Craft Beer Magazine

The craft beer revolution has been successful. The rebels have gained the sympathy of the public; the empire of macro-beers is cracking. So keep drinking craft beer, keep home brewing.

Admittedly, I have not gouged the time to brew out of my schedule. But I may as well read about it, right? The iPad restarted my reading habit, especially in connection with magazines, beer magazines.

Okay, fine, I’ve only got three right now. Whatever. Let me speak of one: Craft Beer Magazine.

Here’s what I liked about it: brevity. The articles are bare bones, succinct. If you’ve been using e-reader apps (like iBooks) for any time at all you’ll be familiar with how to use this app. Still, it opens with a one page tutorial. Then there’s the contents and then the first article which is a concise history of the Revolution (craft beer revolution that is). That’s right, no letters from editors or any other introductory material.

There are a few more articles, all very terse, that cover craft beer’s global rise, the science of canning, a beer app, beer and health, beer cooking (including a beef stew recipe) and a beer review to wrap things up. Also included is the first episode of a new web series called Brew Age, capturing craft beer makers in the San Francisco area. And there are some informative pictographs.

Its so compact it seems more like a newsletter than a magazine. In this age of blogs perhaps the content is appropriate. However, while it makes the magazine a quick read it does mean it lacks some color, some verve.  (However, the beer review did give me a beer to explore).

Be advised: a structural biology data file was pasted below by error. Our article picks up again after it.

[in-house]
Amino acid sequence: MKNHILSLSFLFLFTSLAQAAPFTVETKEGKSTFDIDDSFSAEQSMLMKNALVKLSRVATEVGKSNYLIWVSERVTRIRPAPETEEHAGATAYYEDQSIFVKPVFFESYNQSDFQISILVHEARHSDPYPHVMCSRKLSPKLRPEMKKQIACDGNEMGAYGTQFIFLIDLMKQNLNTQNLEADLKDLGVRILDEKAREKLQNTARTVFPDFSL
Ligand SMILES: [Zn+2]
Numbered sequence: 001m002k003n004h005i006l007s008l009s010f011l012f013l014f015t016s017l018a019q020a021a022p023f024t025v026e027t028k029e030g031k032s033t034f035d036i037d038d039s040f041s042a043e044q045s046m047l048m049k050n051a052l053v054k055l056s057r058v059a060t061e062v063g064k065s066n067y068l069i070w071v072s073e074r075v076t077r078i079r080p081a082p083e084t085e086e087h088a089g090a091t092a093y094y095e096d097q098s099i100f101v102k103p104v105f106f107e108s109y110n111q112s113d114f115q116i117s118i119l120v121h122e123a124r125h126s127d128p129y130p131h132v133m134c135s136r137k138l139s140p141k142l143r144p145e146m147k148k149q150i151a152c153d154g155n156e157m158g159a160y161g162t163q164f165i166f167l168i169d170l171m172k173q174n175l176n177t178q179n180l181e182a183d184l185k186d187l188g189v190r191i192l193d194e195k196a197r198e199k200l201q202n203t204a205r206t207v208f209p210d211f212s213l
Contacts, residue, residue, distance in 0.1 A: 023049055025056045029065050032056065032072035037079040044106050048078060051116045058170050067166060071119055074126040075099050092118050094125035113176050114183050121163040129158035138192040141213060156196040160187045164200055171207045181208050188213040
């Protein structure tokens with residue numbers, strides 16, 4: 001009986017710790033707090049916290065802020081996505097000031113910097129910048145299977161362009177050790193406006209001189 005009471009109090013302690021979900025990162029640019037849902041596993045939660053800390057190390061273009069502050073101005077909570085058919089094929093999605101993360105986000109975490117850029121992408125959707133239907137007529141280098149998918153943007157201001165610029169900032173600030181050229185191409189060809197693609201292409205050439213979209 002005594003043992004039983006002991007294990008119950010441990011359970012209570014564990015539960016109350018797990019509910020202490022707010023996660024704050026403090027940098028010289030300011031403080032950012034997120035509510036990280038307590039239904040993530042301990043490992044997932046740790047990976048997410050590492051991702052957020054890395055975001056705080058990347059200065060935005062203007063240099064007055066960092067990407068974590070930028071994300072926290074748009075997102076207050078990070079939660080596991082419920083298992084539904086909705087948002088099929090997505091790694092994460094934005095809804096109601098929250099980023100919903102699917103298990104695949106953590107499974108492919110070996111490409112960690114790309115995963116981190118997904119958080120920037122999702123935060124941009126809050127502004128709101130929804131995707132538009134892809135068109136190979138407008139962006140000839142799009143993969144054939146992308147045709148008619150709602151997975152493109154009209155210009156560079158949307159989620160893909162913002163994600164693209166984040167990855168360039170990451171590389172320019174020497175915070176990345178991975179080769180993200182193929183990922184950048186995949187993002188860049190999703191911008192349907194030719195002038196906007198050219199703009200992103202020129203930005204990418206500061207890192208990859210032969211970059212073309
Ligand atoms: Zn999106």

If you’re expecting information on formulating home brew recipes or the like, this is not your magazine. But, if you like beer appreciation, if you want to read shout outs to expanding and up and coming breweries, and maybe get a little bit of beer news, Craft Beer Magazine could work for you.

Sent from my iPad

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The Session #68 – Strange, New, Unusual, Different Beers

The theme: Novelty Beers
99 Pours gives us this theme:  “With the onslaught of even weirder beards…erm…beers…than before, I can’t help but wonder if novelty beers are going too far. Or maybe not far enough? LOL! As a merchant of beer, I can see the place for novelty beers, as I am choosing for some customers who say, “I want the strangest beer you have.”

So, novelty.  I had to tell myself what this was.  What follows is the odd debate/investigation/whatever that went on in my head regarding this subject.  Novelty is “something that is novel.” And not the literary kind. No, novel is a thing that is “strikingly new, unusual, or different.”  In the announcement above there is also the added qualifier “strange.”

Thus, I am presented with discussing beers that are strange, new, unusual, different.  It’s the “strange” connotation that is troubling me.  I suppose the argument could be made that if something is strange it is strikingly different.  But strange isn’t necessarily strikingly new.  New and unusual is usually innovative, imagination-capturing, cool, the first time you fall in love, iPads, lightsabers.  Different can be good or bad.  But strange throws me off.  It’s like there should be a distinction here between a thing that is new and a thing that is strange.  Strange, for me, wants to be a thing that is just, well, not right.

Then there is the temporal aspect that the word novelty engenders.  It almost imbues an object with a transitory existence.  Or, at least, a short life that ends in dusty nostalgia – you know, that “novel” coffee mug that is taking up space in your cabinet.